At first glance, Edward Norton Ward might seem like an urban cowboy, by the mother of pearl snaps sprucing up his western shirt and the turquoise bolo tie at his throat. Or the trail songs whining in the background as he spins another tale of the rodeo that nearly got the best of him. Look again. At the watercolors and oils that line the walls, the neat little splotches of paint lined up on his palette and Point Lobos emerging on the canvas in front of him. “There’s a lovely late morning light on the Point,” he says. “Can you see it?” Ward is so much more than meets the eye. He says he spent 30 years as a computer software specialist for Aerospace and the naval Postgraduate School; made atom bombs in the desert during the Korean war; got a degree in mathematics at UCLA, but could barely make Cs in art. Can’t see it. But we can see the light, particularly when he talks about painting nature. “Getting your feet on the ground, tramping through the weeds and over rocks, you begin to get the feel of the painting location and mentally start to explore its possibilities,” he says. “By a simple change in your habits of observation, you will stop seeing trees, boats, flowers, or things and you will begin seeing interesting combinations of colors, values and shapes. You will begin to see as an artist.” “First impressions” is the name of his popular book and the focus of his signature style of painting. “I became aware of the need for this book while teaching a workshop,” he says. “A student standing in Sutter Creek within view of half a dozen good painting subjects, complained that she couldn’t find anything to paint. In pointing out ideas, I realized that she didn’t understand how to see.” Ward didn’t’ always view the world this way, himself. The Korean War began the year he married his high school sweetheart, Johanna – also an artist, in fashion and floral design. “Johanna’s work inspired me,” Ward says, “but the Air Force had a special spot in their hearts for math majors and sent me to Albuquerque to work on atom bombs.” While stationed in New Mexico, he was indelibly impressed by the rich surface quality, subject matter and brilliant colors he saw in the paintings of the Taos School. Upon his return home to Los Angeles, he began collecting art books and surrounding himself with established artists. “I studied their paintings,” he says, “wishing I could see how to do it,” So he tried watercolor as a way of finding, exploring and getting his thoughts down on paper. Working quickly, spontaneously, without concern for quality, he took down his impressions, encouraged by the fluidity and forgiveness of the watercolor medium. “I think it’s more important to get the subject on paper for later use as an idea for larger watercolors and oils,” he says. “To this end, my technique is the natural result of a need to quickly complete a sketch in changing light and weather.” “You might say I work on the edge of disaster.” He smiles. “It’s all about practice and discovery. Eventually, something happens, then you try to discover what it was.” Ward moved his family to Pacific Grove in 1959 and went to work for the Naval Postgraduate School as a computer specialist, a career which enabled him to raise two daughters – and have a picturesque setting for his painting. He would successfully pursue both careers for the next 30 years. In 1965, the Carmel Art Association hosted Ward’s first solo exhibit, the first of many more shows throughout the western region whose scenery has inspired his landscapes; the Sierra Nevada, the harbors and marine life of the Pacific Coast, and the southwest splendor of Arizona and New Mexico. In 1985, Ward began teaching seminars as a way to share his vision and to “help me pull my thoughts together from the past year’s experiences; to see where I’ve been, what I’ve learned.” In 1990, “First Impression” was published, coincidentally the same year he “changed focus” and began to paint full-time. “I guess computers are my hobby, now,” he says. Like painting, most of Ward’s other hobbies take him back to the great outdoors. His book is full of anecdotes from a horseback ride in Montana, a fishing trip in Albion, a golf game in Carmel, all witnessed and recorded through the artist’s eye. “Recently, during a round of golf, I noticed the pink glow on the horizon toward Santa Cruz as the sun was getting low,” he says. “I thought, ‘Now, how can I tell a person that this really is the afternoon light?’ The cadmium yellow was so apparent against the pink, I had to go out and see what the color spectrum really was.” Two years ago, Ward and Johanna traveled to her native Holland, where he painted the windmills and tulip fields in a profusion of color. “Color is conflict,” he says. “It’s what makes the painting exciting, gives it liveliness.” For Ward, beauty lies in observation, “in becoming aware of what you are seeing. Maybe it is a nice color,” he says. “Never mind what it represents; the subject could be a rusty reddish garbage can, some yellow weeds, a bed of tulips, or a sunlit stream. Just note that it is a nice color.” Ward likens painting to his golf swing. “If you think about it, you’ll mess up. Painting is not an intellectual process,” he says. “Painting is not an intellectual process,” he says. “Paintings evolve. I paint one and think, ‘If I had this to paint over again, what would I do?’ Sometimes it just needs touches, other times, I need to try again. And when I can’t see how to do it,’ Johanna says, ‘You wrote the book why don’t you go look it up?” Edward Norton War’s current work can be seen at The Collector’s Gallery in Carmel and at the Carmel Art Association, where he has just accepted his third term as president.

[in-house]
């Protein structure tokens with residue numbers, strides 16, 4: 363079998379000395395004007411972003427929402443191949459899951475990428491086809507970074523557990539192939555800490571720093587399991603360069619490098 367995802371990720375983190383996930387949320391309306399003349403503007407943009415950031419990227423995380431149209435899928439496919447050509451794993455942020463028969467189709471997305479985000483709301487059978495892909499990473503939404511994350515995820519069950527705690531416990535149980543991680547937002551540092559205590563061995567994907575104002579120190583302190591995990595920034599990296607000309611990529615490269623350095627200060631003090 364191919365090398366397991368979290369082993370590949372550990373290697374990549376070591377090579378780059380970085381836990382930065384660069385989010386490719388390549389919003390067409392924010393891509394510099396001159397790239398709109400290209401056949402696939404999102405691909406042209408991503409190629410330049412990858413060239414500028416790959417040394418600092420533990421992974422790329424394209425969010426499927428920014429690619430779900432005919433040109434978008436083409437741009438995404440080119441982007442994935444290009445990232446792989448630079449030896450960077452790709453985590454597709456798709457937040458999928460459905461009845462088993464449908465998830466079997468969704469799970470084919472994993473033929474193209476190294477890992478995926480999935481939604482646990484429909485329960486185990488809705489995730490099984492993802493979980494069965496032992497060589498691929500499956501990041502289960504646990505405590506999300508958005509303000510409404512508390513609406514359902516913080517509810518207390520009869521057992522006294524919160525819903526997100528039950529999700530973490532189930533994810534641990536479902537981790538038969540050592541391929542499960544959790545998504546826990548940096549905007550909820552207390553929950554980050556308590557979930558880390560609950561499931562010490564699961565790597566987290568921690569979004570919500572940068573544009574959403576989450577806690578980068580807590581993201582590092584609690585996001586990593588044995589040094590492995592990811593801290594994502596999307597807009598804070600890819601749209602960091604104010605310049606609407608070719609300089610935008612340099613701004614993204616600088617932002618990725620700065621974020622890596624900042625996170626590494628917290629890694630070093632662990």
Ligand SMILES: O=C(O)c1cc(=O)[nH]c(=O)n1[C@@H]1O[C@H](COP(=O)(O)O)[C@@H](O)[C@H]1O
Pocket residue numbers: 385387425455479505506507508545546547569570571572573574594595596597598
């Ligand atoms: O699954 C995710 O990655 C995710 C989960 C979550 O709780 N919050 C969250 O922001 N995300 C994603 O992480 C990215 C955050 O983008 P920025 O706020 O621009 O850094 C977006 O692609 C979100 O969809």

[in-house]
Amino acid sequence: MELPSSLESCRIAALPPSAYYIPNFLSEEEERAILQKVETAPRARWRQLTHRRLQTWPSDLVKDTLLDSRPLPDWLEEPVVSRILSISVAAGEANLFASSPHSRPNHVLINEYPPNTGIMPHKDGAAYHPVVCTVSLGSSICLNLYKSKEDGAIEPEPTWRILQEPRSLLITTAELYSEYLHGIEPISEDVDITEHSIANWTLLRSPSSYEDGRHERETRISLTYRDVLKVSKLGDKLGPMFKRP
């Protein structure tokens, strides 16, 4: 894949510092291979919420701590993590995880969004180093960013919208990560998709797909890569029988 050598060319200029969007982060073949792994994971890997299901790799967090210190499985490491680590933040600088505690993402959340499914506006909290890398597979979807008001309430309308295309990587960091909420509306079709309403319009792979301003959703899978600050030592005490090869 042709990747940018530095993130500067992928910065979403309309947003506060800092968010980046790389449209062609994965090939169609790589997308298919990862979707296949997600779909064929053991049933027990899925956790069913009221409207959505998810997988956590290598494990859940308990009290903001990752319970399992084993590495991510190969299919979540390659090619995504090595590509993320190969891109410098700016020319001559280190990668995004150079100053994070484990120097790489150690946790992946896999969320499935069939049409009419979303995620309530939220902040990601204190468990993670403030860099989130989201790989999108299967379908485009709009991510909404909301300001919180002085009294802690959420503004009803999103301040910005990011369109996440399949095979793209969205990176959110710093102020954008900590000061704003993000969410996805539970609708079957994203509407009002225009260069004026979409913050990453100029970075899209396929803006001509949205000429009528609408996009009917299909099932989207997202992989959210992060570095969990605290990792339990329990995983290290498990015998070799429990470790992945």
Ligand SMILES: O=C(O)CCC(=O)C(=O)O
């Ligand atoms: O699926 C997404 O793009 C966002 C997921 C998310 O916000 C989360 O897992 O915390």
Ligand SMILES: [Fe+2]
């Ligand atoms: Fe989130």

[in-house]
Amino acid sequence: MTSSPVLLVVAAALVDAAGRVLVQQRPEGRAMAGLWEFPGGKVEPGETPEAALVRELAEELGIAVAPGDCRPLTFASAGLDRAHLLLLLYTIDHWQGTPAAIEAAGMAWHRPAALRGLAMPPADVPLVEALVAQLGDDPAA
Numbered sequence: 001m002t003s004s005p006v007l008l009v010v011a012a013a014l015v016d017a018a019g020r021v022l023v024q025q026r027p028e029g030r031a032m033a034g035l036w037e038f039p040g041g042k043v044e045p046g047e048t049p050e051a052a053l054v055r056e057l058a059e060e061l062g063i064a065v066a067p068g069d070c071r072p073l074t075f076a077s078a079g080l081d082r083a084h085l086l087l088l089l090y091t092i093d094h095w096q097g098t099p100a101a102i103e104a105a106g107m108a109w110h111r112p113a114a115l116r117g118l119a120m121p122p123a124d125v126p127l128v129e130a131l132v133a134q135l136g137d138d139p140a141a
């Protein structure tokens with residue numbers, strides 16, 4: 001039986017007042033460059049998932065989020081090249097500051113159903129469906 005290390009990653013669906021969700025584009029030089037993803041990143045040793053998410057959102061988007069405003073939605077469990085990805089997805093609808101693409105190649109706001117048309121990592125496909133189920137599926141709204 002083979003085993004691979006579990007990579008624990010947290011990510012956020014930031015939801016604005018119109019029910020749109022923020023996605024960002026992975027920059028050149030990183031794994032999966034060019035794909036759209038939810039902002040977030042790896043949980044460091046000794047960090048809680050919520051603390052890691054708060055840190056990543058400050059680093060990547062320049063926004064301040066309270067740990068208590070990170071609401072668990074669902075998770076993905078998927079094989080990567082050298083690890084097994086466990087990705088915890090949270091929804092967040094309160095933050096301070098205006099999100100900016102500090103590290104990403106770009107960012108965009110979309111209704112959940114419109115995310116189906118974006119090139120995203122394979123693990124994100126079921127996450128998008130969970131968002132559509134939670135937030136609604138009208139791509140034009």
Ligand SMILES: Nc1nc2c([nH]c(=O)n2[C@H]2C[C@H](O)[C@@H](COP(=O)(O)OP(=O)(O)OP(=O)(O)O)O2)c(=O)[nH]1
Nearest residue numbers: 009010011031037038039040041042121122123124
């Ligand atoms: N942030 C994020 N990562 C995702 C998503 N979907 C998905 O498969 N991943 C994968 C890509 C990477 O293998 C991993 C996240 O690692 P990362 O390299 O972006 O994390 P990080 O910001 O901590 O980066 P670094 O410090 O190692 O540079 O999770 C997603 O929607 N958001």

Copyright (c) 2008 The Monterey County Herald